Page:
The following is a transcript of a phone interview between LAFORGE Optical's CEO Corey Mack, and LAFORGE XD's Forum Manager Joshua Quillin. This is the first in our five-part Product Development series of blog posts featuring more in-depth discussions on the Shima project. These will be released in conjunction with project updates as we move forward.
JQ: This is Josh Quillin, and I am here with LAFORGE Optical's CEO and Head of Design, Corey Mack talking about the LAFORGE Shima Lens Technology: Design and Production. How are you today, Corey?
CM: I'm doing pretty good, how are you?
JQ: I'm just fine, thanks.
So, what was your inspiration for developing Shima?
CM: The genesis of Shima actually came out of a failed college project on disaster relief smart homes. The 'issue' that I had, in a sense, was the U.S. didn't experience enough major disasters around 2010-2011 to continue the research project in that vein.
So I decided to investigate just the smart home concept and discarded the disaster relief element. From that came the concept of a disk shaped device that goes on your wall, featuring a twisting frosted glass mechanism for adjusting its settings and an app to run it with your phone. But then on day one of prototyping, Nest comes out! As Nest was a very similar device, I quit because I thought that investors would be confused.
A few months after that I was at a bar, and I realized that most people only had their smart phones on them while in a restaurant, or at a party, in the office, generally when they're in an unfamiliar place. While at home, their phones are usually not being used and are either in a bag or charging in another room.
Through this I realized, “Oh, you don’t want to interface with your phone to control your house, since you’d have to get up anyway. Let’s make it on something you can wear.”
That's when I started looking at the eyewear industry and how could I make a smart home controlled by glasses, and it became clear that the current smart glasses that are out there don't look like things that people actually want to wear.
It was basically a series of bad timing and novel observation.
JQ: Why don't you give us a breakdown of the components that Shima is comprised of?
CM: At its core, Shima is a digital eyewear. The difference between what we're doing at LAFORGE and other companies is that we are an eyewear company. We're not a software development or optics company, though we deal with both optics and software developers.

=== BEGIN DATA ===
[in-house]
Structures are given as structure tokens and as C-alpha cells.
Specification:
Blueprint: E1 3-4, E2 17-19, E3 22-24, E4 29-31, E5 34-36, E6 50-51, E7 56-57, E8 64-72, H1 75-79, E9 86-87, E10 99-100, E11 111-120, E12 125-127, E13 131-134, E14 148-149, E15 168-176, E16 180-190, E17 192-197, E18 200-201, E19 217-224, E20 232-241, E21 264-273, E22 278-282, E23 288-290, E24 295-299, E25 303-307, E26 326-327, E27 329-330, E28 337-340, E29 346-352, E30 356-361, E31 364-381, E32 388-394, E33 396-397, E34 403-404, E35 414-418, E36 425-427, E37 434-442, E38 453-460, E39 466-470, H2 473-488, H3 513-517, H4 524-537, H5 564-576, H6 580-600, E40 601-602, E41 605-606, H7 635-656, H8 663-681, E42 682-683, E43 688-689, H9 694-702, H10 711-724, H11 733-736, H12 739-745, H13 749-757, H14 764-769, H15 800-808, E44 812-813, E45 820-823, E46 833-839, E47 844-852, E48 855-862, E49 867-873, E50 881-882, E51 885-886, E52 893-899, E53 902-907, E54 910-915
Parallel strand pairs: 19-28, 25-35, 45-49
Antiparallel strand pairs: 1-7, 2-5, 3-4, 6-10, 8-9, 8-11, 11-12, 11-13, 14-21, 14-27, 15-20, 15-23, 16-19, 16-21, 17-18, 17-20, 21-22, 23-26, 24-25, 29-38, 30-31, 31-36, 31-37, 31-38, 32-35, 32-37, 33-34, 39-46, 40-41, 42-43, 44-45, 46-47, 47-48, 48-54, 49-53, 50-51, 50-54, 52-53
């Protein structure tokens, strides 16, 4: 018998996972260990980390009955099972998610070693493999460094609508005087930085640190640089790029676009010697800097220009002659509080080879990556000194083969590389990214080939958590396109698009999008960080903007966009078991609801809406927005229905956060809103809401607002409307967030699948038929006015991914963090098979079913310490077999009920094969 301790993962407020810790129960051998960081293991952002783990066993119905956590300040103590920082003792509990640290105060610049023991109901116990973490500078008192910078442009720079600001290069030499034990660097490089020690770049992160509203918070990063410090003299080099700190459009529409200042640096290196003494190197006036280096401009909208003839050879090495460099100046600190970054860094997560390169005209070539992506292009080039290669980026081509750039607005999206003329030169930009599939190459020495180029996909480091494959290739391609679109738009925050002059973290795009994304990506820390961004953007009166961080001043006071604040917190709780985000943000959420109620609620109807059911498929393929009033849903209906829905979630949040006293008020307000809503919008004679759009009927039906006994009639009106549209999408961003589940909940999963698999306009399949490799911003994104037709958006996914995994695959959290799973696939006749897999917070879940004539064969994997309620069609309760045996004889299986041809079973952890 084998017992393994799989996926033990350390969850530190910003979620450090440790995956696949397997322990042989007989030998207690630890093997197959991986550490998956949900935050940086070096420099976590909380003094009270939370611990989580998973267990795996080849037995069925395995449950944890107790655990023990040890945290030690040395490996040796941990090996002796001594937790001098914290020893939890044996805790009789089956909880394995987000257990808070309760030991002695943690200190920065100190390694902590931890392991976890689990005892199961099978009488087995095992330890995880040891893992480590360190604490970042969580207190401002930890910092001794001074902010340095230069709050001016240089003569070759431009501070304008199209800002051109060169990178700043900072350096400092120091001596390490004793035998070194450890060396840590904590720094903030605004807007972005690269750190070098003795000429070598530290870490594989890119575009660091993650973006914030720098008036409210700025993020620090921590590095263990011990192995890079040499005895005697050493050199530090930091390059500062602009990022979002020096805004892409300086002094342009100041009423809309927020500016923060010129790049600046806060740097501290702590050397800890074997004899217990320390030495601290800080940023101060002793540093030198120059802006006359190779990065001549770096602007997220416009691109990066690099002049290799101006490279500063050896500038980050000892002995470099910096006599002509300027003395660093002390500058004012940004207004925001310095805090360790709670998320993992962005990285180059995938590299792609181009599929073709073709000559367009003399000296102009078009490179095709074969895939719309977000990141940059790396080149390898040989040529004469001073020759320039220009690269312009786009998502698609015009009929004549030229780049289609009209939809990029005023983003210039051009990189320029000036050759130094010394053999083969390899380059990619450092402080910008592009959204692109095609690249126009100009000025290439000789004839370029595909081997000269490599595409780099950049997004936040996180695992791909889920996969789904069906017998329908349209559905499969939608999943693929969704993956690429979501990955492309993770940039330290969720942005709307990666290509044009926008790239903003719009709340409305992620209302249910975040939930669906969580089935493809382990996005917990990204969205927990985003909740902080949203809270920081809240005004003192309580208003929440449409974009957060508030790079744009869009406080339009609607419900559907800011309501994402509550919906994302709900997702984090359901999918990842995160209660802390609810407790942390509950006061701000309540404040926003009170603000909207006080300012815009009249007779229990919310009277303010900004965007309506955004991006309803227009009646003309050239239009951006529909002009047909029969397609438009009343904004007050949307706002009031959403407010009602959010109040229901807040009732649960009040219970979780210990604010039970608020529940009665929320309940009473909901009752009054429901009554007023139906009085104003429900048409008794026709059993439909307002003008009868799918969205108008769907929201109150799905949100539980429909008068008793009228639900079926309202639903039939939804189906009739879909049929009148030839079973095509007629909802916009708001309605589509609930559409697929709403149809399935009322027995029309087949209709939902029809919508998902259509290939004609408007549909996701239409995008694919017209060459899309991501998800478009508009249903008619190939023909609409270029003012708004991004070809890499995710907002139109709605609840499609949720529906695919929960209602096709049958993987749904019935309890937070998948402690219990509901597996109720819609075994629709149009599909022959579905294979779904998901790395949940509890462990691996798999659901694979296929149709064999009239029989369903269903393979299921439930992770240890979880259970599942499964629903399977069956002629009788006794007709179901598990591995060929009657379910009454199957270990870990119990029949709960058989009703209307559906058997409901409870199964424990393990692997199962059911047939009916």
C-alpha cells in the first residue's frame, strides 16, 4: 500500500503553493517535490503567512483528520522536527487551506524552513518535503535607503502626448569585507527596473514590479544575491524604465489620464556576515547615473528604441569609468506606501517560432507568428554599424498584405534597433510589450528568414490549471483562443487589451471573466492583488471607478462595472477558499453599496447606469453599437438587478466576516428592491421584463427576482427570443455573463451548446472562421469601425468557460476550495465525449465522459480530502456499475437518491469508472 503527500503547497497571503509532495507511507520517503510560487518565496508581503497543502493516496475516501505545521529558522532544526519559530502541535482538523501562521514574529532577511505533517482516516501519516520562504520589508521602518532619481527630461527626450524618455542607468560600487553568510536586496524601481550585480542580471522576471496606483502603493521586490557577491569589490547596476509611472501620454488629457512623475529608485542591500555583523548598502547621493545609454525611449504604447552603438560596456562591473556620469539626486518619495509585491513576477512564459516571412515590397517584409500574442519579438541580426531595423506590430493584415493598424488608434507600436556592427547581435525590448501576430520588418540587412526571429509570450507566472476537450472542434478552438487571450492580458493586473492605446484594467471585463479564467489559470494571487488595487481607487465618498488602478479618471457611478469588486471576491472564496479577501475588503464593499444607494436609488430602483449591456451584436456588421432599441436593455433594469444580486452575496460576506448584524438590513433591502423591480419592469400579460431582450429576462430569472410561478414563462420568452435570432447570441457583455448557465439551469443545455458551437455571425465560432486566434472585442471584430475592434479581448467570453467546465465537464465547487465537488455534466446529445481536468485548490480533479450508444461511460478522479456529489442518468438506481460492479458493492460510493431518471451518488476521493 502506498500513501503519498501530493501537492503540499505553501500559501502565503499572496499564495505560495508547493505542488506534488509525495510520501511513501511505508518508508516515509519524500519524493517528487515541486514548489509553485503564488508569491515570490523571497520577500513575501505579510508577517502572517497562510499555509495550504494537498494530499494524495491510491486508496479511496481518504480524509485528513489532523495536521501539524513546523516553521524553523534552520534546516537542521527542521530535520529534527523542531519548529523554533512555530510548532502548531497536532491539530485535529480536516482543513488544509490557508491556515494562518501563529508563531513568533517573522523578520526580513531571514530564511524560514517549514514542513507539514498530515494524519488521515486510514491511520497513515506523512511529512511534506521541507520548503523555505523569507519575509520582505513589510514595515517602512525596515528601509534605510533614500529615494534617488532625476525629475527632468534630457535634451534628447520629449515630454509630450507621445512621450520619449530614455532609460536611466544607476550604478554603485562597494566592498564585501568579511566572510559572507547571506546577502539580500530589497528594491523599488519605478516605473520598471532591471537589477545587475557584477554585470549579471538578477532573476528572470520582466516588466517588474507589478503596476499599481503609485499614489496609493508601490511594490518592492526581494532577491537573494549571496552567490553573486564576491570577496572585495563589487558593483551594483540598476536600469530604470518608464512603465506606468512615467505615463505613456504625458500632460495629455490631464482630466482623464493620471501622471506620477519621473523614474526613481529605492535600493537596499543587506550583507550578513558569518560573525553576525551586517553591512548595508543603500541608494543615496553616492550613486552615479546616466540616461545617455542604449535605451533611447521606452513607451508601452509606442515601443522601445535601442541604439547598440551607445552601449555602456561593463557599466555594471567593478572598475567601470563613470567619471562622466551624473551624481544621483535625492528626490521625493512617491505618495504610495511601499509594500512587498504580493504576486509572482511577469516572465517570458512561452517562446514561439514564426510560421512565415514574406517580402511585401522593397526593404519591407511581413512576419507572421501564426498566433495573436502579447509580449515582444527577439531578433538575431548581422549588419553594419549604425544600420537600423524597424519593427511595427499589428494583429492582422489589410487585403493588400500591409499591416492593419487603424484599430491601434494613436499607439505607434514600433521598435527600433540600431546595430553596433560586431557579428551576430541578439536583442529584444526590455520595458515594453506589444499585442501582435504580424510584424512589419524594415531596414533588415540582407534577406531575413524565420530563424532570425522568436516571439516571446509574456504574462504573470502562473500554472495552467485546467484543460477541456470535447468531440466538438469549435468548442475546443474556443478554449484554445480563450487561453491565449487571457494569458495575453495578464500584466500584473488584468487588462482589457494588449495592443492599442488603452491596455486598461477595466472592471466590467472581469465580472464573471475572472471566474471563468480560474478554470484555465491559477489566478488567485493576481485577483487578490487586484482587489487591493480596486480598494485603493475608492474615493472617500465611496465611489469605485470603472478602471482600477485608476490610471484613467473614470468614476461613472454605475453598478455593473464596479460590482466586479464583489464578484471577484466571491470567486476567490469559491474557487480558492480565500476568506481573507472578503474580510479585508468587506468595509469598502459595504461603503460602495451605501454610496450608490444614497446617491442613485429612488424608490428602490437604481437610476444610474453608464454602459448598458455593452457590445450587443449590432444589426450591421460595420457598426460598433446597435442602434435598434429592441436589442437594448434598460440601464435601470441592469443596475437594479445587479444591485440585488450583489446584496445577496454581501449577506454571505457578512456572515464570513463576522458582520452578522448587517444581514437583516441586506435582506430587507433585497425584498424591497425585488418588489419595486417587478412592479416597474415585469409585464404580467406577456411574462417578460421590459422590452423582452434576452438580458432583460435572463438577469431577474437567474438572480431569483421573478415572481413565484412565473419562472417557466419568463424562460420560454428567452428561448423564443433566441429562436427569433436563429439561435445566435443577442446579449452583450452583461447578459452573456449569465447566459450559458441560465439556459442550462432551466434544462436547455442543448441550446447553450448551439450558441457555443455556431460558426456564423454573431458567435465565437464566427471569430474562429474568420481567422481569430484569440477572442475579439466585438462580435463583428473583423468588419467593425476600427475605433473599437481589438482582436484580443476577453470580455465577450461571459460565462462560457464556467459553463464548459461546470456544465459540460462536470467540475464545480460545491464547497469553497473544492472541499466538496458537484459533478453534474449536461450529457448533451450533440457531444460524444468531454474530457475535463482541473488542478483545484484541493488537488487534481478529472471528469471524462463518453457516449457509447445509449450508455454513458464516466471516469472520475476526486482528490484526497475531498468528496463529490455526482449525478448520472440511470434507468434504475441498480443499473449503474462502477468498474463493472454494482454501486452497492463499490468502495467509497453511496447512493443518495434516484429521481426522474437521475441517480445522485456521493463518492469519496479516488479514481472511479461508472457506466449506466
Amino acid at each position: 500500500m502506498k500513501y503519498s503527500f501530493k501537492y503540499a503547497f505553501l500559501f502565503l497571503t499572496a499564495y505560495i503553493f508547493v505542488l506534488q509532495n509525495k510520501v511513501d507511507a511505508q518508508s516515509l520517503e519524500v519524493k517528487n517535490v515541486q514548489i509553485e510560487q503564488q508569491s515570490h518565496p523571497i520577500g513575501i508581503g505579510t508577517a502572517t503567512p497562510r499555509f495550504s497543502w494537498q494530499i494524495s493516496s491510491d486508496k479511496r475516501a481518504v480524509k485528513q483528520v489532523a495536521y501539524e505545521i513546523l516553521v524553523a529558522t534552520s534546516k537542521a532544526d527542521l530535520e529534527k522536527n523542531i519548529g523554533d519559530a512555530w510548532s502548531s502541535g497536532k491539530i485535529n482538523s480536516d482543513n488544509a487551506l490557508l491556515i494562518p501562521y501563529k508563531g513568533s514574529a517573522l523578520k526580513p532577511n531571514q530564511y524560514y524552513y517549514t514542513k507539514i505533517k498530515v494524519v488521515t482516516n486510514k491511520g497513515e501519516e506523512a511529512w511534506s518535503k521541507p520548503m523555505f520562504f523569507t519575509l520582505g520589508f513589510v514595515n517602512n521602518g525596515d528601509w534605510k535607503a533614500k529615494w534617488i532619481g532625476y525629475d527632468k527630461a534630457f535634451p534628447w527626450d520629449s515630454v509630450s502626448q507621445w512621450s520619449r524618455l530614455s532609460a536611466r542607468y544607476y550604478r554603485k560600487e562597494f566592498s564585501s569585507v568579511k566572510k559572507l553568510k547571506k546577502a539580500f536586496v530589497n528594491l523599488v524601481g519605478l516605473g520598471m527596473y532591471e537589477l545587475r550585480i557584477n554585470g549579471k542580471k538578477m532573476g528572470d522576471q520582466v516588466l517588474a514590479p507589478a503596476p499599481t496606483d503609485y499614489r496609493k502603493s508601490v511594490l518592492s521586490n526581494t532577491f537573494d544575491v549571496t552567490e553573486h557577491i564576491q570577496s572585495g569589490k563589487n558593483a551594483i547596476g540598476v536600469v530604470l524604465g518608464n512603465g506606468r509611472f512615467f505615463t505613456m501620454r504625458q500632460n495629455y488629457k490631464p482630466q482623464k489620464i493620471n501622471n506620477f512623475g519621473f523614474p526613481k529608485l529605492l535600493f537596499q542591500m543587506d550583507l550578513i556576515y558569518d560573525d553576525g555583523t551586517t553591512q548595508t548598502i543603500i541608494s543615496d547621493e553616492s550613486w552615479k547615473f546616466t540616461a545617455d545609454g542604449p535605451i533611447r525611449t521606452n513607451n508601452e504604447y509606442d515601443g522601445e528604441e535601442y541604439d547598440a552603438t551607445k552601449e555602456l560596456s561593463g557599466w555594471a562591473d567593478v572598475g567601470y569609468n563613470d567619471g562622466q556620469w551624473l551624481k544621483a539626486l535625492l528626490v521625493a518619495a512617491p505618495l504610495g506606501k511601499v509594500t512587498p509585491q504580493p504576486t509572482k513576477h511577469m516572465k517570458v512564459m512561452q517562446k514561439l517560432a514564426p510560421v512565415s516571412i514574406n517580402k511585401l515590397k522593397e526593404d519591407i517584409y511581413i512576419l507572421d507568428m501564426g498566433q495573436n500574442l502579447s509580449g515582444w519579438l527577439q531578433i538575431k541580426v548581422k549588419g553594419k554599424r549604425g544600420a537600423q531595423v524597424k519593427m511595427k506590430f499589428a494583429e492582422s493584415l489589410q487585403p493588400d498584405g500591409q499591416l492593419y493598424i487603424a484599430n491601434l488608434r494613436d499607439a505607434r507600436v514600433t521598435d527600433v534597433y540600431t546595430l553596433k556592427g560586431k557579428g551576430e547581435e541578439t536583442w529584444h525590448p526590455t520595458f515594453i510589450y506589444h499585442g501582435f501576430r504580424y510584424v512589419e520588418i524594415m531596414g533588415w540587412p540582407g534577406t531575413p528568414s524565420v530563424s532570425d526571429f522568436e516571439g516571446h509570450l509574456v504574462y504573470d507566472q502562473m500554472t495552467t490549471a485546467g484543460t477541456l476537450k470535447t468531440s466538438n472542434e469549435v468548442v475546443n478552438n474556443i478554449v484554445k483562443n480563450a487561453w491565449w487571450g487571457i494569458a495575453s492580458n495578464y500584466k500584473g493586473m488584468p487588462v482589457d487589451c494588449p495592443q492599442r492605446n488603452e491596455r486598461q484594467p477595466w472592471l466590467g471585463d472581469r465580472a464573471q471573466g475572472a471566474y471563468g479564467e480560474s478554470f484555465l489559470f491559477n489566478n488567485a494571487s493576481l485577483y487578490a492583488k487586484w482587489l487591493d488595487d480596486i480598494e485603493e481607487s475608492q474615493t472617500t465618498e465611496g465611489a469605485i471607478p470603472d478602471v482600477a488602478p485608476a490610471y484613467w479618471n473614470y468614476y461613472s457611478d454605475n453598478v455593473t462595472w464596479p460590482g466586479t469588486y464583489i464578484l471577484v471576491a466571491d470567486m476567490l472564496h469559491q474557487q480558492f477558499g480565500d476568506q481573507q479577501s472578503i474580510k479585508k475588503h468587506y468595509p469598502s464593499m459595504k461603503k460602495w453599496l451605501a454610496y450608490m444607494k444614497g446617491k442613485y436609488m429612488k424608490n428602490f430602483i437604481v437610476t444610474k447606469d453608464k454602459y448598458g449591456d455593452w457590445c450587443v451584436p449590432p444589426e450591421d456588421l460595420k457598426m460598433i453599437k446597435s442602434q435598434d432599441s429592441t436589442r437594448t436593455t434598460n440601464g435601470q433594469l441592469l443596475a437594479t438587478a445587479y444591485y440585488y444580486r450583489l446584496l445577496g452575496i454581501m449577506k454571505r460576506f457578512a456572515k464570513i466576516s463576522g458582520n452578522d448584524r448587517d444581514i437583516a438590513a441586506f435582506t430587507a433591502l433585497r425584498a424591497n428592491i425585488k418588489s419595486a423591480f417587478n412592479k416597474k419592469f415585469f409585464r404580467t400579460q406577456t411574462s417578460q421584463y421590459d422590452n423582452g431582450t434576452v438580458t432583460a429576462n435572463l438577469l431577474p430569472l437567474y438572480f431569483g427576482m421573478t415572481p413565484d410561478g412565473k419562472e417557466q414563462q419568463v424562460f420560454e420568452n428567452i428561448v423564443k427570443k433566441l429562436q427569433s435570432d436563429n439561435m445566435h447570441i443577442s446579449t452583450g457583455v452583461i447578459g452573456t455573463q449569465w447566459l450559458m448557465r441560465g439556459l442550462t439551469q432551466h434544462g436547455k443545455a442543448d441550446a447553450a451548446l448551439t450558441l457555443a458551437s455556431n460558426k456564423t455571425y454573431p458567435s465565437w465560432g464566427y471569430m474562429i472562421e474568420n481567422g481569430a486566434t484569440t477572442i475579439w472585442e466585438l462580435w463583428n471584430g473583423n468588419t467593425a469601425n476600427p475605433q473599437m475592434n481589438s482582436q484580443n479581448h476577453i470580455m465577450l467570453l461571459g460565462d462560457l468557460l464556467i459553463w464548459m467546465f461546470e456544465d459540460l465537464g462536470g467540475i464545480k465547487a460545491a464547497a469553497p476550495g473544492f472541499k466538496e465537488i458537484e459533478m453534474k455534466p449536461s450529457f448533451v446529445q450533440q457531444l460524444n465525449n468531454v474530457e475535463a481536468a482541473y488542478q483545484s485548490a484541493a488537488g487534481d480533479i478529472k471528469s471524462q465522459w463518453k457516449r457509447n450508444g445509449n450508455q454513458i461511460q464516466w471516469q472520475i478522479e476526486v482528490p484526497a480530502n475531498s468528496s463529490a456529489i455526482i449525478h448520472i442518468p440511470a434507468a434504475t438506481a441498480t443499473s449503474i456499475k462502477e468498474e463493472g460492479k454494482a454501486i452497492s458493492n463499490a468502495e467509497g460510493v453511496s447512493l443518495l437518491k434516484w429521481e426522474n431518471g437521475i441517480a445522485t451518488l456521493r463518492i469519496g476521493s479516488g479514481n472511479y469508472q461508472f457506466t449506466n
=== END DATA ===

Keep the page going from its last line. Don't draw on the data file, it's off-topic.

The key components are:
A prescription lens with a curved mirror inside.
A frame with cutouts to accommodate the battery and other various electronics.
Skins that cover a metal frame.
That's the core of Shima. Whereas most eyewear has maybe five major components, ours has 12 - 15 depending on the design. And then in regard to total materials, ours has about 100 different individual [unique] components where a normal pair of glasses is about... ten.
JQ: How much of the Shima hardware had to be custom designed/molded/fitted to the project as opposed to being able to fit existing technology and materials to your needs?
CM: Let's look at it this way: I'll tell you what you would normally find on a pair of prescription eyewear and what we would have in common with this.
The nose pads, nose pad arms, and hinges. That’s it. That shows you how little is off-the-shelf from the eyewear industry. In terms of normal off-the-shelf from the electronics industry, the only things are the USB-C port, the auxiliary port, and the micro display. Our battery had to be specially manufactured to size, and our circuit board is completely custom from scratch; that is, basically all the major sensors you'd have on a smart phone and enough horsepower to power them fitted onto about a 10mm x 45mm footprint, or just larger than a piece of Trident chewing gum.
JQ: What does it take to make them custom like that?
CM: On the circuit board, we contract with an off-the-grid genius; we privately joke that he’s some retired secret agent or covert ops government contractor as he’s so good it’s almost scary, but he can make extremely small BGAs and integrated circuits.
On the frame side, it's more so been me being aggressive with frame designers, or, assertive about their expectations. For example, we don’t want them to try and reinvent what glasses are, we want frames just like what people prefer today but with room made for electronic components to fit within the same footprint seamlessly. We don’t want added bulk, it must fit the existing footprint.
It also took several discussions on what can and can't work with a number of our potential and existing electronics partners. For instance Intel, who was really trying to get a particular camera in Shima. We had to keep reiterating that what they were trying to do with that camera literally would not fit. It’s just one of those things where our device already weighs this much, and everything they’d need to drive that camera would double the weight just for the one component. Their camera was also 5-8x larger in volume than one we were already planning on using for a future device,